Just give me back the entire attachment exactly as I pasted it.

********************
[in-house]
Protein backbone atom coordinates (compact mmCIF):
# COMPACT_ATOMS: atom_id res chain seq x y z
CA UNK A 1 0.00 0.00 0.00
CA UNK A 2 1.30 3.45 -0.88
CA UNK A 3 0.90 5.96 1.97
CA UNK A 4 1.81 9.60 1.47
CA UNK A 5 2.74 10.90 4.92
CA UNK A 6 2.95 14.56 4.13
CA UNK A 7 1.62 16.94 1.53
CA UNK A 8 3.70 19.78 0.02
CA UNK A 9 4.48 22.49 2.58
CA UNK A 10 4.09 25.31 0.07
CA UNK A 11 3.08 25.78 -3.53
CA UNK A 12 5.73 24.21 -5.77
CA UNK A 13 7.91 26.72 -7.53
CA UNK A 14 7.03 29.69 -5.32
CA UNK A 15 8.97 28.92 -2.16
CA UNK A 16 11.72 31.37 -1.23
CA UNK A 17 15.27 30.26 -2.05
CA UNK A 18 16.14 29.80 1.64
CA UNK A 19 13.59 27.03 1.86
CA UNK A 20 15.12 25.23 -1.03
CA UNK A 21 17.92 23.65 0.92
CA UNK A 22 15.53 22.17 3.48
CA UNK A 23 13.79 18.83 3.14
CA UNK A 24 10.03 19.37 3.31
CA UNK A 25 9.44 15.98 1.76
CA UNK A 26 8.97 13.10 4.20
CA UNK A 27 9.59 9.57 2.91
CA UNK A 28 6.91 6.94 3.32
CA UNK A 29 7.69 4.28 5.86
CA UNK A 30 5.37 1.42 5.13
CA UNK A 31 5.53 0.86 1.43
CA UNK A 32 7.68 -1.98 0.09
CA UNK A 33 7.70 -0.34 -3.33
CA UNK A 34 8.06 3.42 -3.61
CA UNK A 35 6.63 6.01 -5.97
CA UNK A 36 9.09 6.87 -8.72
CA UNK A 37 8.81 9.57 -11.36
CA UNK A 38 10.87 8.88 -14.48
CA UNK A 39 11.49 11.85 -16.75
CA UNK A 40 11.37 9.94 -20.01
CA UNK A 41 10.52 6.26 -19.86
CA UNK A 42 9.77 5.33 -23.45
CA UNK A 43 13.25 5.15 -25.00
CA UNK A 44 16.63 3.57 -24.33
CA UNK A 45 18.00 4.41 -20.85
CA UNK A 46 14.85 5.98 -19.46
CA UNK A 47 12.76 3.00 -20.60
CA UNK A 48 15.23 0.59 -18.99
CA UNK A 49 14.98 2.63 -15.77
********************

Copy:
[in-house]
Protein backbone atom coordinates (compact mmCIF):
# COMPACT_ATOMS: atom_id res chain seq x y z
CA UNK A 1 0.00 0.00 0.00
CA UNK A 2 1.30 3.45 -0.88
CA UNK A 3 0.90 5.96 1.97
CA UNK A 4 1.81 9.60 1.47
CA UNK A 5 2.74 10.90 4.92
CA UNK A 6 2.95 14.56 4.13
CA UNK A 7 1.62 16.94 1.53
CA UNK A 8 3.70 19.78 0.02
CA UNK A 9 4.48 22.49 2.58
CA UNK A 10 4.09 25.31 0.07
CA UNK A 11 3.08 25.78 -3.53
CA UNK A 12 5.73 24.21 -5.77
CA UNK A 13 7.91 26.72 -7.53
CA UNK A 14 7.03 29.69 -5.32
CA UNK A 15 8.97 28.92 -2.16
CA UNK A 16 11.72 31.37 -1.23
CA UNK A 17 15.27 30.26 -2.05
CA UNK A 18 16.14 29.80 1.64
CA UNK A 19 13.59 27.03 1.86
CA UNK A 20 15.12 25.23 -1.03
CA UNK A 21 17.92 23.65 0.92
CA UNK A 22 15.53 22.17 3.48
CA UNK A 23 13.79 18.83 3.14
CA UNK A 24 10.03 19.37 3.31
CA UNK A 25 9.44 15.98 1.76
CA UNK A 26 8.97 13.10 4.20
CA UNK A 27 9.59 9.57 2.91
CA UNK A 28 6.91 6.94 3.32
CA UNK A 29 7.69 4.28 5.86
CA UNK A 30 5.37 1.42 5.13
CA UNK A 31 5.53 0.86 1.43
CA UNK A 32 7.68 -1.98 0.09
CA UNK A 33 7.70 -0.34 -3.33
CA UNK A 34 8.06 3.42 -3.61
CA UNK A 35 6.63 6.01 -5.97
CA UNK A 36 9.09 6.87 -8.72
CA UNK A 37 8.81 9.57 -11.36
CA UNK A 38 10.87 8.88 -14.48
CA UNK A 39 11.49 11.85 -16.75
CA UNK A 40 11.37 9.94 -20.01
CA UNK A 41 10.52 6.26 -19.86
CA UNK A 42 9.77 5.33 -23.45
CA UNK A 43 13.25 5.15 -25.00
CA UNK A 44 16.63 3.57 -24.33
CA UNK A 45 18.00 4.41 -20.85
CA UNK A 46 14.85 5.98 -19.46
CA UNK A 47 12.76 3.00 -20.60
CA UNK A 48 15.23 0.59 -18.99
CA UNK A 49 14.98 2.63 -15.77